New Dissident Trials in Burma

Dozens of dissidents and activists face closed trials in Burma, including a leading monk.
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Monks march through downtown Rangoon, Sept. 24, 2007.
Monks march through downtown Rangoon, Sept. 24, 2007.

BANGKOK—The detained leader of the All Burmese Monk’s Alliance, now on trial with 36 other dissidents in Burma, is ill and depressed and suffering from headaches and numbness in detention, according to one of his lawyers.

“He said he was pretty weak, and he had an IV drip. He didn't look good. He told me that if he concentrates on something or tries to think, he feels heavy and numb in his head,” lawyer Khin Maung Shein said in an interview after meeting Ashin Gambira on Wednesday.

“Last Monday when I met him, from the way he talked to me, it was clear he was very depressed. I told him not to be disheartened and to try to stay healthy. He also said he is tired. Today he looked a bit better, but he further complained about numbness and pain in his head,” he said.

Another lawyer representing Ashin Gambira, Aung Thein, resigned as counsel in one of the cases against him on Oct. 1, telling the court that it hadn’t allow him to prepare a defense.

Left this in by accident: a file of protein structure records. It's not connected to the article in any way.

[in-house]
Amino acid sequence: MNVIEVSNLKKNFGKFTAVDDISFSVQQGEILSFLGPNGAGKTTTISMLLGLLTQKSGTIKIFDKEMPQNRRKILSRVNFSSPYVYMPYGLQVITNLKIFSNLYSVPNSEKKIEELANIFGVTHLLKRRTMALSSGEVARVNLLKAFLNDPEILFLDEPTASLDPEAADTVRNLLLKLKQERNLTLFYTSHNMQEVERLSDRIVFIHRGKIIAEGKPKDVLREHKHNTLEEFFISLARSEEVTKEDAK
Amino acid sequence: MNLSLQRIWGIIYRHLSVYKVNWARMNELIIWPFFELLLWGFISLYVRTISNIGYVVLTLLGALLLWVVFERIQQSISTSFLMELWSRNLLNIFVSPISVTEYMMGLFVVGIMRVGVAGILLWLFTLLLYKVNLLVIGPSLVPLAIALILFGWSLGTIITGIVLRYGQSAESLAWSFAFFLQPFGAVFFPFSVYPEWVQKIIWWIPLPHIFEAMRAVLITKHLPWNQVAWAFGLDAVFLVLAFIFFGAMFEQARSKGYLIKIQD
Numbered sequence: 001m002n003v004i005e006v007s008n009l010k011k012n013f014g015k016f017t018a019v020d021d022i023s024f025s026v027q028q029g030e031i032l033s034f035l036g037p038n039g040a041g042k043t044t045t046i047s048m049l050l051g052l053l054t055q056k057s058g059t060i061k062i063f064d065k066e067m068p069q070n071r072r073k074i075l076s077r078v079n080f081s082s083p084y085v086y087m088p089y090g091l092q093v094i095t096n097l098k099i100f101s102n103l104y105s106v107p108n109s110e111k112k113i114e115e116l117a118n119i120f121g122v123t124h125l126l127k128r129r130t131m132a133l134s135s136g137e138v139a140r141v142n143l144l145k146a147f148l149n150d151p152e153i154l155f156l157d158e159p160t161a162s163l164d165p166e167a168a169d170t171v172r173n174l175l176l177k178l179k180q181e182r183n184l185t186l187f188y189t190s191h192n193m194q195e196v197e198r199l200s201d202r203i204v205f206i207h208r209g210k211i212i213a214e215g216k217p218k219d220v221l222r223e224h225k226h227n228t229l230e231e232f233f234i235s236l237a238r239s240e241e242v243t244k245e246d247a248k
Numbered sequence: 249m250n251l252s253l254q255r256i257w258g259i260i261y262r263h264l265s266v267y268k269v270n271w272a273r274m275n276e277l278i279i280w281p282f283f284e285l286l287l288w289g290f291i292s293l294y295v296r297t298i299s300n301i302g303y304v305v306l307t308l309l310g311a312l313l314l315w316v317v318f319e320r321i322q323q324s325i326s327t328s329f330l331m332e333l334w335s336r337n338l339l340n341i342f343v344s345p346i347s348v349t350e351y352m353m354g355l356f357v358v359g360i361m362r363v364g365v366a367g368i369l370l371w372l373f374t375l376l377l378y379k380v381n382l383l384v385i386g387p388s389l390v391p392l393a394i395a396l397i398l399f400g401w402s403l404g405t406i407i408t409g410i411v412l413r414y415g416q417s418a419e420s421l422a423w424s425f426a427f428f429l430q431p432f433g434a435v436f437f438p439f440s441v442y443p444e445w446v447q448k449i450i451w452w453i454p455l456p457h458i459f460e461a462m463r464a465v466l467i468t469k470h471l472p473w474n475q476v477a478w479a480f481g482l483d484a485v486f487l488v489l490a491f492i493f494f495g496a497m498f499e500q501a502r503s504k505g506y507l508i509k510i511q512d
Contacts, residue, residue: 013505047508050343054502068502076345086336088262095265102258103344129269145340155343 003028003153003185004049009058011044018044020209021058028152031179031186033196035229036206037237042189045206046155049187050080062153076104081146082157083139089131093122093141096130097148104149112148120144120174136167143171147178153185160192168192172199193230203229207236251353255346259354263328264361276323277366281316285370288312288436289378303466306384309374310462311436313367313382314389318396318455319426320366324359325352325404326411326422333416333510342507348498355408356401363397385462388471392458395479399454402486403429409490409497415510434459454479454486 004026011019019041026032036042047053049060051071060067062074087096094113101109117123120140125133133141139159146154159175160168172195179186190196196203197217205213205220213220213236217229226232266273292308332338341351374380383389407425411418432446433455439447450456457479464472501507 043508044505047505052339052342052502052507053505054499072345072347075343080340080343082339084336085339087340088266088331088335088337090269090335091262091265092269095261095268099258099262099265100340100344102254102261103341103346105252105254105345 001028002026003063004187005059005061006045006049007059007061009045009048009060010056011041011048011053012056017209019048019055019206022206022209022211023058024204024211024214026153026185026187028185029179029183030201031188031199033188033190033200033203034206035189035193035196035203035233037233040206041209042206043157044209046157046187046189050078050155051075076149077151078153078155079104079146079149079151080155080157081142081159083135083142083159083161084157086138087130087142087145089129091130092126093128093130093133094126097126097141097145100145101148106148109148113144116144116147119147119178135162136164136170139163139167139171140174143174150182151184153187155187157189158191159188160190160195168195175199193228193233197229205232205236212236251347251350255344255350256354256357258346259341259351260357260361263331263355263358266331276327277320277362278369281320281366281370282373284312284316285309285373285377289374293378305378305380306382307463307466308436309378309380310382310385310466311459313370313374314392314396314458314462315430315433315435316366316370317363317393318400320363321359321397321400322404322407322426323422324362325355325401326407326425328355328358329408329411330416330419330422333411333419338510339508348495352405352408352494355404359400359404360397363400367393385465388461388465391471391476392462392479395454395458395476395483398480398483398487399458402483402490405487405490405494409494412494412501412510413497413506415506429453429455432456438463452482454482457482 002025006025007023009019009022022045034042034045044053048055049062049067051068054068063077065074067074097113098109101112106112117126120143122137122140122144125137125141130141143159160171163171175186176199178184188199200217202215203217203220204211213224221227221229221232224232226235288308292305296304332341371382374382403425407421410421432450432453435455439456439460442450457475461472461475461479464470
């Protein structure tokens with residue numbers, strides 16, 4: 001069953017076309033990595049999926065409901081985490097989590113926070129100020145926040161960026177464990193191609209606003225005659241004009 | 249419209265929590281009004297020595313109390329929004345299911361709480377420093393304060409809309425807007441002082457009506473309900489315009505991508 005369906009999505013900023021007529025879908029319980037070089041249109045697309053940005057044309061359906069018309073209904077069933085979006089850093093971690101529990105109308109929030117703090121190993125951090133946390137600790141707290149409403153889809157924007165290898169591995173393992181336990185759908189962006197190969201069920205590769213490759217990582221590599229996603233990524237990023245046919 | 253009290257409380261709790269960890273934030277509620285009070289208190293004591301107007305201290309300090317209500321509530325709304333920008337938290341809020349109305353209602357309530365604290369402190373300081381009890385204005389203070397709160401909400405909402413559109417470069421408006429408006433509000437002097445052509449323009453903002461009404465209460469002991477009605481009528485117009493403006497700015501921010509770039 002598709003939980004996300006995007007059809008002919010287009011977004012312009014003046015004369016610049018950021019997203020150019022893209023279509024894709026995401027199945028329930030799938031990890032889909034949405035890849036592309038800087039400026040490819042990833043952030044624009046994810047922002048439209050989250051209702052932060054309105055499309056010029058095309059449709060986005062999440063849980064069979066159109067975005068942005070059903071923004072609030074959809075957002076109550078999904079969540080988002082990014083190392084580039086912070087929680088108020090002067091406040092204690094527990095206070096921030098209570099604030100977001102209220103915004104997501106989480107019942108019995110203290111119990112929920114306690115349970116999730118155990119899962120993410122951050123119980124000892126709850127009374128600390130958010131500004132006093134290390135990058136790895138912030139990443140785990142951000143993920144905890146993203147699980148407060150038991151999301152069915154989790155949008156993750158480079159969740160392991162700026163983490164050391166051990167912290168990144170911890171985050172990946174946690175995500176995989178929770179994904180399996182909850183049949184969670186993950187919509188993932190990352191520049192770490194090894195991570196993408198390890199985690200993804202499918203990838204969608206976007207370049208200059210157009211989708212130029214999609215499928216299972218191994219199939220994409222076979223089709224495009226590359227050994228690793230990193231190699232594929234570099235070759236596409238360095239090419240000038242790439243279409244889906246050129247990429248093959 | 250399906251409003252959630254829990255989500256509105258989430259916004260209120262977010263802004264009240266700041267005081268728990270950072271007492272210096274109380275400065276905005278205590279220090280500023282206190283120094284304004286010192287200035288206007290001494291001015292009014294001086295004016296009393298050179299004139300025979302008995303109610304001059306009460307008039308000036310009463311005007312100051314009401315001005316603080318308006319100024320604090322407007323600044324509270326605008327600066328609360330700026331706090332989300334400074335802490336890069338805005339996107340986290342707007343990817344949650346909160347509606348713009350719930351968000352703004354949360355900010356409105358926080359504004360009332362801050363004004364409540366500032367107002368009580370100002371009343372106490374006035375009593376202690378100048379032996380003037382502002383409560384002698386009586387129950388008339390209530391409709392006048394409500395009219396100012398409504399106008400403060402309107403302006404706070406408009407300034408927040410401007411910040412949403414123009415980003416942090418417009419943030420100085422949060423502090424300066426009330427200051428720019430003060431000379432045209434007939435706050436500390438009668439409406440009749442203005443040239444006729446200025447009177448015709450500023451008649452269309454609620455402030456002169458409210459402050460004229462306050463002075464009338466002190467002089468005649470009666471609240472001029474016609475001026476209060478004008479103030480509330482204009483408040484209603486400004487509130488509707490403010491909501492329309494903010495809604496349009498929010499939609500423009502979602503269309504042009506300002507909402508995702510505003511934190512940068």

Aung Thein said he was permitted insufficient information about Gambira and 10 other defendants and wasn’t given enough time to refute a 13-page filing by the prosecution.

Ashin Gambira—a major figure in the Saffron Revolution of September and October 2007—is charged with multiple offenses, including violating laws on immigration and associations. He was arrested Oct. 4 in Sagaing, in Mandalay division, after hiding for almost a year.

Closed trials

Closed trials began Monday in the former capital, Rangoon, of 37 political activists and dissidents on a range of charges. Among the defendants are several leaders of the 1988 student uprising against the junta.

Burmese sources said the trials are going on in different venues: in the notorious Insein prison and in courts in Hlaing Tharyar township and Kamaryut township.

The 1988 student activists are all being tried at Insein prison, with some 600 witnesses expected to testify, Burmese sources say. Defendants receive breakfast at 8:30 a.m. and remain in court without meals until the proceedings adjourn at 4 p.m.

Several sources close to the defendants meanwhile said that Ye Nyunt, a senior police officer assigned to prosecute Gambira, entertainer Zargana, and several of the student leaders, attempted suicide on Oct. 9 at his home.

Relatives of his clients have said he had become friendly with them and often apologized for prosecuting them. Three sources who asked not to be named said he remains in hospital under tight security.

Original reporting by Khin May Zaw and Tin Aung Khine, translated by Khin May Zaw for RFA's Burmese service. Burmese service director: Nancy Shwe. Executive producer: Susan Lavery. Written and produced in English by Sarah Jackson-Han.





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